In the wake of the US Presidential election, I’ve had several conversations about population density, Electoral College, and what representation is “fair” for all voters. One conversation I had over Thanksgiving dinner with family (yes, we managed to keep it largely civil, and people were generally willing to learn from each other and wanting to hear why others felt that way) was whether it was “fair” that different states have different Electoral College votes.
The way the numbers are turning out from the Presidential election, Hillary Clinton is ahead in the popular vote by a significant margin, but most of those votes are from one state — California. So, if everyone in California was counted, Clinton would have won. So, is it “fair” that California was unable to exert the full influence of its population?
This was one of the key factors the founding members of the United States addressed, and came up with the two-house system where high-population states get a little diminished, and low-population states get a little magnified to make sure the one doesn’t steamroll the other.
People are what they are
Let’s take an example of two regions, which have different populations:
Midlandia is a dense district, where buildings are many stories tall, so so, it has a higher population, simply due to its structure. It might be a region with apartment buildings shoulder-to-shoulder arranged in even city blocks, or a few soaring condo towers. Point being they build up, so have a smaller square footage footprint for lots of people. Outerton is more spread out, with greenspace between buildings. It may be a residential district of single-family homes, each with a large yard, or a more agricultural area where fields separate residential buildings.
Both regions are at capacity; you can’t fit more people in either without rebuilding their structures. Both regions then have problems relating to their population (for Midlandia, it might be higher crime rates, and for Outerton, it might be agricultural protection). The solutions to these problems could become ordinances or laws of that region. And politicians who run for office of governor or president over both Midlandia and Outerton make campaign promises in favor of specific proposals.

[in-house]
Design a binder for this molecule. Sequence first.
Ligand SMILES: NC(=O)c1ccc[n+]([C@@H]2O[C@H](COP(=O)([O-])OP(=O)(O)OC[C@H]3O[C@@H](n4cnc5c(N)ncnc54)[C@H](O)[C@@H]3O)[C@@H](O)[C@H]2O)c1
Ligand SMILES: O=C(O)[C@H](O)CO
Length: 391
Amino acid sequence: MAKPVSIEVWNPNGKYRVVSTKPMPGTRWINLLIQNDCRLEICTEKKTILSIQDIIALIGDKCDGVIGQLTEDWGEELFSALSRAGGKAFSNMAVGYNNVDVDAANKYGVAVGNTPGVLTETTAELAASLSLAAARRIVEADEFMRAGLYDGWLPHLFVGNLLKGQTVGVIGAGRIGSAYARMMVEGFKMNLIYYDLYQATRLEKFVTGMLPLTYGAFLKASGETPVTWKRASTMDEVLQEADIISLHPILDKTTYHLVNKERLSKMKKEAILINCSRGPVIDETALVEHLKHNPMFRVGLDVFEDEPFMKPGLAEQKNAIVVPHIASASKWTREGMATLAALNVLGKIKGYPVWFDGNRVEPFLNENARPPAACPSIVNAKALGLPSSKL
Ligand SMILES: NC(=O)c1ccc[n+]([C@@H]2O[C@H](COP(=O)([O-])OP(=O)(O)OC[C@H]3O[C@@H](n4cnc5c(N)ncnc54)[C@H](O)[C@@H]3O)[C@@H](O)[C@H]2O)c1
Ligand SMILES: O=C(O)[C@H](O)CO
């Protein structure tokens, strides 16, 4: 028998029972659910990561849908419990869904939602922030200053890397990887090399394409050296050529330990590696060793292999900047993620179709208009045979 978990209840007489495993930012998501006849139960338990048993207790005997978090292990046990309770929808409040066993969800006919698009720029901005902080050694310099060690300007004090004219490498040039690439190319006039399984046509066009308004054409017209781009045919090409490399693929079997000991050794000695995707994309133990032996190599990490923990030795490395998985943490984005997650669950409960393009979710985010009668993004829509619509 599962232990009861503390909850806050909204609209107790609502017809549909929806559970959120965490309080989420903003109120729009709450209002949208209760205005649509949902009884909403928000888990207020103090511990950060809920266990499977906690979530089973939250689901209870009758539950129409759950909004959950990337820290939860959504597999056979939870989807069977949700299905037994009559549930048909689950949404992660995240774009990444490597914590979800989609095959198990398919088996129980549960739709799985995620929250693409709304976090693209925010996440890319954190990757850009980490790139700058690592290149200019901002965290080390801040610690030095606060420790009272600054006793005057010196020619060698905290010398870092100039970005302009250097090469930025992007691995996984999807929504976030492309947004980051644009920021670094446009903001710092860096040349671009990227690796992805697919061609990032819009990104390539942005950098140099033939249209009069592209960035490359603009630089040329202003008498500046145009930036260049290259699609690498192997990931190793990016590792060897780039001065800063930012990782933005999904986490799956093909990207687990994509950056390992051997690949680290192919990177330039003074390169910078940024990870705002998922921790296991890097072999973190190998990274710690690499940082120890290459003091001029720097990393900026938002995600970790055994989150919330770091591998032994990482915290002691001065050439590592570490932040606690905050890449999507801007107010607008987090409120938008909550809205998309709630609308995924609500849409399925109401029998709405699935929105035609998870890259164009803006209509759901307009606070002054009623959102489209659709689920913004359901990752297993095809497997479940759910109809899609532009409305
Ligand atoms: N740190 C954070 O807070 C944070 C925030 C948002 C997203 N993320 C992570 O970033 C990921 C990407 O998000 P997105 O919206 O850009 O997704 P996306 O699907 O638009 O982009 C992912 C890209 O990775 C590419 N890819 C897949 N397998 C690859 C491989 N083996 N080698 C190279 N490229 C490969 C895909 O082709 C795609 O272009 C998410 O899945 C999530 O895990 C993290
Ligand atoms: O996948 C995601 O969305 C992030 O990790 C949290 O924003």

So, the politician who supports Proposal B gets the votes of Outerton residents, while the politician who supports Proposal A gets the support of Midlandia residents. But there’s more Midlandians, so they win the vote and Proposal A gets passed.
But is it Proposal A’s fault it doesn’t help Outerton folks as much as it helps Midlandians? No. Is the politician who supported it unfair to favor Proposal A over Proposal B? Probably not. By supporting Proposal A, the representative helped more of their constituents than if Proposal B had passed. But Proposal B helps the Outerton folks just as much as Proposal A helps Midlandia!
Who’s to Blame?!
As I’ve been thinking about this, to me it seems it’s not the Proposals that are bad, nor the politicians who are trying to help the most people, nor the people voting their heart for what would help them most. The issue is where the circles that define Midlandia and Outerton are drawn!
Currently, congressional districts within a state are redrawn fairly frequently. And they are drawn subjectively, but then are scrutinized thoroughly to represent people as fairly as possible.
Most congressional districts are big enough to include cities and surrounding rural areas, but that’s not true for major metropolitan areas.
Look at the square footage difference between District 8 (the majority of the southeastern portion of the state) and District 34 (downtown Los Angeles; light blue on that map). The square footage is massively different, but the populations are relatively the same; the people of District 34 can passionately vote for one proposal while the people of District 8 can vote for another, and both will be about evenly-matched.